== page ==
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Pricing for recession in Treasury debt and MBS

| January 4, 2019

This document is intended for institutional investors and is not subject to all of the independence and disclosure standards applicable to debt research reports prepared for retail investors.

The rates markets have priced for recession, but the odds of ending up there look low. That begins to make the case for higher yields on the long end of the Treasury curve. And as recession concerns have built up, MBS spreads have done surprisingly well, signaling a premium for the possibility that the Fed could stop MBS runoff and begin reinvesting principal much sooner than the market expected.

A case for higher yields in Treasury debt

As Mary Beth Fisher points out this week in A premature pessimism, the rates markets have priced for a recession, and that seems unlikely for now. Slower growth seems likely, but recession does not. Fair value for 10-year yields still looks like it sits above 2.75% and, in the long run, closer to 3.00%.

It’s not just the mid-2020 cut in fed funds implied in the futures market that signals concern about recession. It’s not just the steady drop in short yields over the next two years implied by forward curves. More strikingly, it’s the roughly 40 bp drop in inflation over the next decade implied by the spread between 10-year notes and TIPS. The implied 1.70% inflation would sit well below the Fed’s 2.00% target.

The primary way inflation would run that far below Fed target for a decade would be a sustained recession that proved hard to manage with the Fed’s monetary toolbox. The market has good reason to doubt the Fed’s toolbox since the Fed has rarely pushed core PCE above 2.00% since 2008. The Fed in 2018 seemed well on its way to putting the problem of low inflation behind it, but now the market is in doubt. The market also has reason to believe that the next recession might be a long one since the Fed has only 250 bp between today’s fed funds target rate and the zero lower bound. When the Fed eased in 2007, it only stopped after pushing rates 500 bp lower. When it eased in 2000, it stopped with rates 550 bp lower. Today’s there’s much less room to maneuver. But the argument for recession seems premature.

The argument for slower growth, however, seems strong. Many economists project slowing growth through 2019 as a surge in federal spending that started last year begins to fade. That’s the most likely outcome for now, and that solidly supports fair value for longer Treasury rates at levels closer to 3.00%.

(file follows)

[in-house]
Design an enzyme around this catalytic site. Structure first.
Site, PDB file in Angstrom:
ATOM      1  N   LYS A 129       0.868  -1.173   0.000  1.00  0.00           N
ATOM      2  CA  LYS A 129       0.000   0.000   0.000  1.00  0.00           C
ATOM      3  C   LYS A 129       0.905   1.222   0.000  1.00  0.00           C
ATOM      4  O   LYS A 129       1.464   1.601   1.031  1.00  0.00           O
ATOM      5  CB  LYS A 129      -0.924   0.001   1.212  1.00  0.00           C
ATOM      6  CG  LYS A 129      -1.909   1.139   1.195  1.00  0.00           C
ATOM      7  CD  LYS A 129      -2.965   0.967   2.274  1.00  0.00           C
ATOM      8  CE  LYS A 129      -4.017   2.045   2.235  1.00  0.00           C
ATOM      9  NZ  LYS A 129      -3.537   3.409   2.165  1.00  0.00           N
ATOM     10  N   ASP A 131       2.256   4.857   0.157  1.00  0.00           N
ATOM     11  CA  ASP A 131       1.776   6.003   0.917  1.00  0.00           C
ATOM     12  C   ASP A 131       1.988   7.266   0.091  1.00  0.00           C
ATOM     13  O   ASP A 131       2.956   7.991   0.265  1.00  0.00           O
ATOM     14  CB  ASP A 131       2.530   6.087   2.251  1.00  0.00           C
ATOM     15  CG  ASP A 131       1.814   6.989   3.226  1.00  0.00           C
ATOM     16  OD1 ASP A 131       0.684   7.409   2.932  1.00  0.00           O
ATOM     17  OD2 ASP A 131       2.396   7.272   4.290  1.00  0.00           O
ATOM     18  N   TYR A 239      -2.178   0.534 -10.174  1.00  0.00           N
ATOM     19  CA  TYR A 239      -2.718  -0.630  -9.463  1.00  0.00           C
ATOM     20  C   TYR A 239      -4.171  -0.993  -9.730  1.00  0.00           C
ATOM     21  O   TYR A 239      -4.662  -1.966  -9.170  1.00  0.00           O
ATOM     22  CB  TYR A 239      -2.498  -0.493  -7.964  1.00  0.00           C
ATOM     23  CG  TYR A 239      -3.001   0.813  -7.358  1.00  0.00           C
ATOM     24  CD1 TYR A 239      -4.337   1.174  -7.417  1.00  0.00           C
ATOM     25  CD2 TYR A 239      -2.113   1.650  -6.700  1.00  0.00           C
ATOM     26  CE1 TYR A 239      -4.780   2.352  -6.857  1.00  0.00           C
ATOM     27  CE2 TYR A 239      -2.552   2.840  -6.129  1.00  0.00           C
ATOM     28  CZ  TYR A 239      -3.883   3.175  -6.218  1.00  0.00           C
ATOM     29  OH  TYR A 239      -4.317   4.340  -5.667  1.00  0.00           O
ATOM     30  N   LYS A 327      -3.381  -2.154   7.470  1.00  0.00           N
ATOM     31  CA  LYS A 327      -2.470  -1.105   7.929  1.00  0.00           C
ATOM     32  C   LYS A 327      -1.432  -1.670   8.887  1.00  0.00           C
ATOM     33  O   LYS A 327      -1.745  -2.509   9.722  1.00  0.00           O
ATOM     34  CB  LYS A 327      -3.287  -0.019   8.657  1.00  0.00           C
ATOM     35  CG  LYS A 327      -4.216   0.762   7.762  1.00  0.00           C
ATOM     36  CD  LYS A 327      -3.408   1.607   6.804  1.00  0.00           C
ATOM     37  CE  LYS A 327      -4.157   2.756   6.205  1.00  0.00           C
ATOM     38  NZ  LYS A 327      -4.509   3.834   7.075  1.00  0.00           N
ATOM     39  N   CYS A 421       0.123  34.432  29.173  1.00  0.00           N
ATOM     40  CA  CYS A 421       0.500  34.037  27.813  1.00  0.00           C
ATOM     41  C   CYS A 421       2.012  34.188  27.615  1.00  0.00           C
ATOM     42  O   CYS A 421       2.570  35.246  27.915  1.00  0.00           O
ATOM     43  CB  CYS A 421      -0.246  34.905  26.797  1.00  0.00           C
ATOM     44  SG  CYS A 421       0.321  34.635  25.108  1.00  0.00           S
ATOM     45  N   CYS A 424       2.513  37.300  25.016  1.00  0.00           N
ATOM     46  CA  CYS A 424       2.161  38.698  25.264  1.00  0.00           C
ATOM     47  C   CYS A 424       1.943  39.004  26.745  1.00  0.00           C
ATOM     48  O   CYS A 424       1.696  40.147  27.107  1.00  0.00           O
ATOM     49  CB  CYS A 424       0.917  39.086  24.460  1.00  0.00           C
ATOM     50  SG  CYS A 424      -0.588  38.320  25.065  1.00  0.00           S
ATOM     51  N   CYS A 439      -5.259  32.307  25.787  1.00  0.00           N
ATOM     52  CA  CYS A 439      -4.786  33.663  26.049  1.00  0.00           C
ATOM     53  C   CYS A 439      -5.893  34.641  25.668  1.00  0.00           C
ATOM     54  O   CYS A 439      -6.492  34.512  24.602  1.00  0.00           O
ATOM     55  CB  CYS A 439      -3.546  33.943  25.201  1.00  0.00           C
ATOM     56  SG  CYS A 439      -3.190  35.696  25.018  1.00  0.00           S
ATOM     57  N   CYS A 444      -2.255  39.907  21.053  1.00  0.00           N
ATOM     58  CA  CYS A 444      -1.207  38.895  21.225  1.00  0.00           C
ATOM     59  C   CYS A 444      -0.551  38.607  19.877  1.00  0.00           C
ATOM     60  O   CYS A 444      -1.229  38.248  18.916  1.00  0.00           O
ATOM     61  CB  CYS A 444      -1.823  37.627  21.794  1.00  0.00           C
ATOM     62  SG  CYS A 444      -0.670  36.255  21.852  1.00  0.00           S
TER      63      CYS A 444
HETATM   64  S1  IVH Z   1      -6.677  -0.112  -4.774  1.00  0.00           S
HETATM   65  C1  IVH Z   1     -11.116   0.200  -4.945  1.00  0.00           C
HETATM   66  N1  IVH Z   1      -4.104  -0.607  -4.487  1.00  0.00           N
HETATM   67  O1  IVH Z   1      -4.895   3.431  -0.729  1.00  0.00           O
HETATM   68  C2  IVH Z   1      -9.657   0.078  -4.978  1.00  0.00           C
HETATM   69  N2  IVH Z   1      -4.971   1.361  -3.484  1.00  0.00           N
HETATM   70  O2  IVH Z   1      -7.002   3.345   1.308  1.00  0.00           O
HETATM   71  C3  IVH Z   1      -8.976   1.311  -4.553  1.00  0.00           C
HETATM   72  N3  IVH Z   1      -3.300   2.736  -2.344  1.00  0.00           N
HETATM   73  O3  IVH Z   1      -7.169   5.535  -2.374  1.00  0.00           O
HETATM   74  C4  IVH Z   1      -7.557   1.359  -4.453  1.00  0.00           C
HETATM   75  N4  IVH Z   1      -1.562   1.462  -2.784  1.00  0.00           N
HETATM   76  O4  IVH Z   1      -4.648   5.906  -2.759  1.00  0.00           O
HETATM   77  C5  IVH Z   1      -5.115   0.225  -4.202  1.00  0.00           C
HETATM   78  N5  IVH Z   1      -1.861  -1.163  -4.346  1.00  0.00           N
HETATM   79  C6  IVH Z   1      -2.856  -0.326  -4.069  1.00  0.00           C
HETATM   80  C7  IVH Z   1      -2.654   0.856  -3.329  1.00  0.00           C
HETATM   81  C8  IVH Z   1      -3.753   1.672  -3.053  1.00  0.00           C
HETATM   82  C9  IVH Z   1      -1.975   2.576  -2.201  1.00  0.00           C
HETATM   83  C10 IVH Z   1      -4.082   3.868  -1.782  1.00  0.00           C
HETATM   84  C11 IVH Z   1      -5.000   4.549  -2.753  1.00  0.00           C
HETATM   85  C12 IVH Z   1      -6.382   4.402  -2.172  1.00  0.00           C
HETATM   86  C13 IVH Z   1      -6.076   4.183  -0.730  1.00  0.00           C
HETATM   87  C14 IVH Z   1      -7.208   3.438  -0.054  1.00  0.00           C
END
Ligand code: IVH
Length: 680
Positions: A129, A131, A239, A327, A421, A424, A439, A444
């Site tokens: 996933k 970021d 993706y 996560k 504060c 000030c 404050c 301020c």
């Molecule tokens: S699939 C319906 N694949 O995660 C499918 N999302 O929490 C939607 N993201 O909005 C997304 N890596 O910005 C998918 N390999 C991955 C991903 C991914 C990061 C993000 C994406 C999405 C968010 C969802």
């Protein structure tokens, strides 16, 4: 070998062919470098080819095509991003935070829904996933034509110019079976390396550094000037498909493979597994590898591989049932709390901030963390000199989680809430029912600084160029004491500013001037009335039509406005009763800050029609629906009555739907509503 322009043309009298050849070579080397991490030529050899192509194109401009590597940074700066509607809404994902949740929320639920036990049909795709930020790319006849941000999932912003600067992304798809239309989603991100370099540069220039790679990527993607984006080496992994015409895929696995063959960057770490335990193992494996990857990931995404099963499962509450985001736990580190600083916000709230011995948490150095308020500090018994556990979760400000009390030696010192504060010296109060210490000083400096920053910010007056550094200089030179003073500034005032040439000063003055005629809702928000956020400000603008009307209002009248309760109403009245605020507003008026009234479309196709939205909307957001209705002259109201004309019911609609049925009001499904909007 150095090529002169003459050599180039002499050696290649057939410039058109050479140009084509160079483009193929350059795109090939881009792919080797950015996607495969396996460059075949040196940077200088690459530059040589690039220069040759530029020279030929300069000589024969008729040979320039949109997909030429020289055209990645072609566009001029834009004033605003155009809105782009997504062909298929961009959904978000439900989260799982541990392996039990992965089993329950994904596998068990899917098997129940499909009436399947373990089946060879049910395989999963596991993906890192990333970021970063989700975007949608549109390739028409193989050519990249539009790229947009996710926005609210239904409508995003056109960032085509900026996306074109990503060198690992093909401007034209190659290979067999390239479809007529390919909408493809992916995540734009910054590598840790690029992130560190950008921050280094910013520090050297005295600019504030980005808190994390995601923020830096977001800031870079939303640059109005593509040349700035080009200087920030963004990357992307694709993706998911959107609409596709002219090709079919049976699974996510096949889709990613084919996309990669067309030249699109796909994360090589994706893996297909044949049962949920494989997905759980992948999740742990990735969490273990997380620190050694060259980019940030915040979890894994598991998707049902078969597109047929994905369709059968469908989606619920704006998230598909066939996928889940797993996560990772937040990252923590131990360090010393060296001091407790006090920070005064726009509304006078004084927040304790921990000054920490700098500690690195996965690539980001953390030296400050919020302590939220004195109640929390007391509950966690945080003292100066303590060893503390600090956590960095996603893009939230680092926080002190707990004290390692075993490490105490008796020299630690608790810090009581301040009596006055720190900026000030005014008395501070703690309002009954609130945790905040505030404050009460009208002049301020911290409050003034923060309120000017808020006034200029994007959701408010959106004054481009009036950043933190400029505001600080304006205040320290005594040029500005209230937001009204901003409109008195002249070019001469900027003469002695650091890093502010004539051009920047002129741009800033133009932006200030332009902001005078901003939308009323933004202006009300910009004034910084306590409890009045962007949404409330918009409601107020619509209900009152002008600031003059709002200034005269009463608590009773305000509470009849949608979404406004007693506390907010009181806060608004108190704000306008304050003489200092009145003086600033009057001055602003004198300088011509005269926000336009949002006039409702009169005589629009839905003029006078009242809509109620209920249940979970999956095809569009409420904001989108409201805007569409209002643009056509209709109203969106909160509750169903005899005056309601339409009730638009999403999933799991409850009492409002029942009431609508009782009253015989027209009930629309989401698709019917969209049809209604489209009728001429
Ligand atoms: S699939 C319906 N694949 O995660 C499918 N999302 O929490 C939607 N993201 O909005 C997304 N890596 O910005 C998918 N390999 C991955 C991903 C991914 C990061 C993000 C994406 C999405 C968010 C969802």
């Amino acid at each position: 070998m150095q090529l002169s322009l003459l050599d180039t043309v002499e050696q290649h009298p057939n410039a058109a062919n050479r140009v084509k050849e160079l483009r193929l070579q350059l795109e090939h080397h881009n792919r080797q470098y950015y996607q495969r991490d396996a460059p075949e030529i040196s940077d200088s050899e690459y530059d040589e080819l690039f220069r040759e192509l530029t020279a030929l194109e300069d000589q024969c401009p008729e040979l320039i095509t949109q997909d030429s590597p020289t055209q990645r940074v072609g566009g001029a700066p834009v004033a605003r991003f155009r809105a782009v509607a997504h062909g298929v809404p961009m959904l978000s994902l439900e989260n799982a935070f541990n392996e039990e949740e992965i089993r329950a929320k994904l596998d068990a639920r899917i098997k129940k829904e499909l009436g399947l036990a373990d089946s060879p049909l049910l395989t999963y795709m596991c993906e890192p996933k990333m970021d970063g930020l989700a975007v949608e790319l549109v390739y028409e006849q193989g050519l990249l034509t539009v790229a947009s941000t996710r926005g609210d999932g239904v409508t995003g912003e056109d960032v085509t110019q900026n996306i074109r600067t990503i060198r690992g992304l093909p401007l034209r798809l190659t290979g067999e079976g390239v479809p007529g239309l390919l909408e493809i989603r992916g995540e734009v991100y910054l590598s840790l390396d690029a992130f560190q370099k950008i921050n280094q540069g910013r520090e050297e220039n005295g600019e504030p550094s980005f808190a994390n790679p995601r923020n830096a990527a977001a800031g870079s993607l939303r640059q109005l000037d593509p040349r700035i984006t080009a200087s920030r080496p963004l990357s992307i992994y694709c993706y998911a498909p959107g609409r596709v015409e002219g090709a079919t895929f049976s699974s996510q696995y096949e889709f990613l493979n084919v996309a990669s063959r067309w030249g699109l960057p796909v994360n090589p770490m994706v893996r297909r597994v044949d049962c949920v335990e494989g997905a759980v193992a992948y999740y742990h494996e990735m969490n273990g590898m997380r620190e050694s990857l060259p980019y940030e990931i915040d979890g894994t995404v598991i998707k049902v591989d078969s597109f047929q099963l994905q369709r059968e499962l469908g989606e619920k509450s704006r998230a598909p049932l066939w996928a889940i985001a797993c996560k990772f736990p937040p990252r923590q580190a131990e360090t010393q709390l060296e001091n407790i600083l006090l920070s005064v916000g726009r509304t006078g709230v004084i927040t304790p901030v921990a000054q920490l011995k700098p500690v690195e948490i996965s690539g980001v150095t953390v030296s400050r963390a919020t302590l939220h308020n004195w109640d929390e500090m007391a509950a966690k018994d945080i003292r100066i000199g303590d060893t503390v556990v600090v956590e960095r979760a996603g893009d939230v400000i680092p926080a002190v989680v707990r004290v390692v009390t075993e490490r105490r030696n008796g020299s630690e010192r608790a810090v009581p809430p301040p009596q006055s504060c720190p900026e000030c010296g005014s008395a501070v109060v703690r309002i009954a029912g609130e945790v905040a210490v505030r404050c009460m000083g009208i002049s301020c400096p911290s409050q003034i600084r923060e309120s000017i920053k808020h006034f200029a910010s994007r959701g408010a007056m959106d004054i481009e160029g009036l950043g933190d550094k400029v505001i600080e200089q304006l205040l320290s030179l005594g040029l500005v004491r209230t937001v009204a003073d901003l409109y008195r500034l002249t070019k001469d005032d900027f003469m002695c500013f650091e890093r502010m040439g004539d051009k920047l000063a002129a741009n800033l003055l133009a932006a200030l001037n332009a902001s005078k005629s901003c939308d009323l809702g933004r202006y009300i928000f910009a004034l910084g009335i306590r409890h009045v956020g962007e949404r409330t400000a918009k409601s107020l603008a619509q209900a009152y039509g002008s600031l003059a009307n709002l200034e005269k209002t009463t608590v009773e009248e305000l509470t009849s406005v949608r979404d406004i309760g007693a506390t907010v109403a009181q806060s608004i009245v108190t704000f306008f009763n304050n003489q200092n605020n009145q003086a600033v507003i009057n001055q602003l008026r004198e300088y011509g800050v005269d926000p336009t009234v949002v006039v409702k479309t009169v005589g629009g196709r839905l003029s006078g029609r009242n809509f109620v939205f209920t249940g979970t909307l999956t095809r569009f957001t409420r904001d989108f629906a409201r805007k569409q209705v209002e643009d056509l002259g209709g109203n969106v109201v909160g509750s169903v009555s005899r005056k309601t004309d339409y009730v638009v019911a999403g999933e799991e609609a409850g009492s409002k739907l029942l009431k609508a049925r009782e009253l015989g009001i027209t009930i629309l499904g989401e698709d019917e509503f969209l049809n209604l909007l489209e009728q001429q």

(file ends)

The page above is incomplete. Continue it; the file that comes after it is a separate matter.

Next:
A case for a policy premium in MBS

The risk of recession has also added a policy premium to the price of agency MBS, and MBS should continue to tighten to Treasury debt and do well relative to credit if recession fears persist. Fed Chairman Powell at a conference Friday said the Fed “wouldn’t hesitate to make a change” to the pace of Fed portfolio runoff if the Fed thought it was adding to a policy problem. In the addendum to its game plan for shrinking the Fed portfolio, released June 14, 2017, the Fed noted (here) that it could start to reinvest Treasury and MBS principal “if a material deterioration in the economic outlook were to warrant a sizable reduction in the Committee’s target for the federal funds rate.” As the economy likely slows this year, the MBS policy premium should rise.

* * *

The view in financing

Secured lending came under signficant pressure over the turn of the year, and has finally started to normalize in the last several trading sessions. On the last day of 2018, secured funding for UST and MBS pass-throughs averaged more than 4% and saw a high of 7%. Only by the first Friday of 2019 did secured funding start to resemble something normal. Repo shouldl continue to trade under pressure over the next several weeks despite Treasury bill pay downs and net money market fund inflows. Clients remain skewed toward leveraged long positions that require funding, primary dealer balance sheets are swollen and supply in CP and CD is likely to ramp up, crowding out existing investments. Treasury notes and bills are trading lately at 2.55% overnight, about the same to the end of March and mid-July, and MBS GCF trades 2.62%. Banks may want to move out of IOER into agency MBS repo at IOER + 5 bp. Portfolios that know investment grade credit also can invest in repo against corporate names at LIBOR + 20 bp with a 5% to 7% haircut.

The view in rates

Rates on 10-year notes should rise above 2.75% as signs of slower but still reasonable economic growth start to appear. The slope of the curve will depend heavily on signals from the Fed. If the Fed signals more hikes in 2019, the curve should flatten with shorter yields rising while longer yields fall as investors worry that the Fed could tip the economy into recession. If the Fed signals no more hikes, that could steepen the curve as concerns about recession ease.

The view in spreads

Credit spreads should continue widening until they have priced fully for decelerating growth next. Slower growth poses risk to the nearly $3 trillion in ‘BBB’ credit, especially the most highly leveraged names. Names that show organic growth or use free cash flow or asset sales to pay down debt should perform the best. Wider spreads in corporate credit should put pressure on other spread assets, although consumer debt should show less volatility. Agency MBS should perform the best as concern about recession increases the chances the Fed might start reinvesting portfolio principal.

The view in credit

Although corporate balance sheets have to deal with higher leverage, household balance sheets looks strong. The weakest pockets on the household balance sheet look like subprime auto credit and student loan debt.

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